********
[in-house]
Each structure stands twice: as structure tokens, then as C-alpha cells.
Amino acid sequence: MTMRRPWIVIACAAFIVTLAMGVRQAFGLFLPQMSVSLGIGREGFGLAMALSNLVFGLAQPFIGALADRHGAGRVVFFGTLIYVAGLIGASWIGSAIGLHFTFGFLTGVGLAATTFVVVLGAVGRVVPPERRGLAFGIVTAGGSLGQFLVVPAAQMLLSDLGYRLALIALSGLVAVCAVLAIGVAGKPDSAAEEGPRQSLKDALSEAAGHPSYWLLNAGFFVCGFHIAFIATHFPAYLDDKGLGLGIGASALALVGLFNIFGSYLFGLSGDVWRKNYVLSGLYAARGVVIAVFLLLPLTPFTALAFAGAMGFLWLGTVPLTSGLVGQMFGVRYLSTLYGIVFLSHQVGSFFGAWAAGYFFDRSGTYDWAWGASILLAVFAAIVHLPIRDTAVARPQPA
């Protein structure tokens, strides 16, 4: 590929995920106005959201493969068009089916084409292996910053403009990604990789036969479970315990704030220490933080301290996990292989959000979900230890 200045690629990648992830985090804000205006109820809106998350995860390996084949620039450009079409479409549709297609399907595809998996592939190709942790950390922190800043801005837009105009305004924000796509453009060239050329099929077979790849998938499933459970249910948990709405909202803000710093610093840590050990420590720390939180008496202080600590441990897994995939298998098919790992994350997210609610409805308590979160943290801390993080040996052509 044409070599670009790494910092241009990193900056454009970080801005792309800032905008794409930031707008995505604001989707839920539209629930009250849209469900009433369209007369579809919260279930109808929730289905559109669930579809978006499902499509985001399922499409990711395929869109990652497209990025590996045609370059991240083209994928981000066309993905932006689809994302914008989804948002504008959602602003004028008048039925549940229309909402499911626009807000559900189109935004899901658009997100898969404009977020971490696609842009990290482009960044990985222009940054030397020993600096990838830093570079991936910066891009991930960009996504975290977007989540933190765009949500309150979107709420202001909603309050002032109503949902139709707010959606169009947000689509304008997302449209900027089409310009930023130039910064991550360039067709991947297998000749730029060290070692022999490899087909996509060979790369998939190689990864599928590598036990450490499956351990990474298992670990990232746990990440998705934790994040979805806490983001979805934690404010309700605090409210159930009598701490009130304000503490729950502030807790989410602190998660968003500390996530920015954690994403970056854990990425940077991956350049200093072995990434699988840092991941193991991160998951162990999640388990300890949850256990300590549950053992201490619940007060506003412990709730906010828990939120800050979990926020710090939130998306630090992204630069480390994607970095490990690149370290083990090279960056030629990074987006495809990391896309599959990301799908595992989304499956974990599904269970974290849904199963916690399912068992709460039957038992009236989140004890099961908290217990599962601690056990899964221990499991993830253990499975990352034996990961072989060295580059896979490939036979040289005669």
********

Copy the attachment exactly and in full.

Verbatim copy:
[in-house]
Each structure stands twice: as structure tokens, then as C-alpha cells.
Amino acid sequence: MTMRRPWIVIACAAFIVTLAMGVRQAFGLFLPQMSVSLGIGREGFGLAMALSNLVFGLAQPFIGALADRHGAGRVVFFGTLIYVAGLIGASWIGSAIGLHFTFGFLTGVGLAATTFVVVLGAVGRVVPPERRGLAFGIVTAGGSLGQFLVVPAAQMLLSDLGYRLALIALSGLVAVCAVLAIGVAGKPDSAAEEGPRQSLKDALSEAAGHPSYWLLNAGFFVCGFHIAFIATHFPAYLDDKGLGLGIGASALALVGLFNIFGSYLFGLSGDVWRKNYVLSGLYAARGVVIAVFLLLPLTPFTALAFAGAMGFLWLGTVPLTSGLVGQMFGVRYLSTLYGIVFLSHQVGSFFGAWAAGYFFDRSGTYDWAWGASILLAVFAAIVHLPIRDTAVARPQPA
């Protein structure tokens, strides 16, 4: 590929995920106005959201493969068009089916084409292996910053403009990604990789036969479970315990704030220490933080301290996990292989959000979900230890 200045690629990648992830985090804000205006109820809106998350995860390996084949620039450009079409479409549709297609399907595809998996592939190709942790950390922190800043801005837009105009305004924000796509453009060239050329099929077979790849998938499933459970249910948990709405909202803000710093610093840590050990420590720390939180008496202080600590441990897994995939298998098919790992994350997210609610409805308590979160943290801390993080040996052509 044409070599670009790494910092241009990193900056454009970080801005792309800032905008794409930031707008995505604001989707839920539209629930009250849209469900009433369209007369579809919260279930109808929730289905559109669930579809978006499902499509985001399922499409990711395929869109990652497209990025590996045609370059991240083209994928981000066309993905932006689809994302914008989804948002504008959602602003004028008048039925549940229309909402499911626009807000559900189109935004899901658009997100898969404009977020971490696609842009990290482009960044990985222009940054030397020993600096990838830093570079991936910066891009991930960009996504975290977007989540933190765009949500309150979107709420202001909603309050002032109503949902139709707010959606169009947000689509304008997302449209900027089409310009930023130039910064991550360039067709991947297998000749730029060290070692022999490899087909996509060979790369998939190689990864599928590598036990450490499956351990990474298992670990990232746990990440998705934790994040979805806490983001979805934690404010309700605090409210159930009598701490009130304000503490729950502030807790989410602190998660968003500390996530920015954690994403970056854990990425940077991956350049200093072995990434699988840092991941193991991160998951162990999640388990300890949850256990300590549950053992201490619940007060506003412990709730906010828990939120800050979990926020710090939130998306630090992204630069480390994607970095490990690149370290083990090279960056030629990074987006495809990391896309599959990301799908595992989304499956974990599904269970974290849904199963916690399912068992709460039957038992009236989140004890099961908290217990599962601690056990899964221990499991993830253990499975990352034996990961072989060295580059896979490939036979040289005669």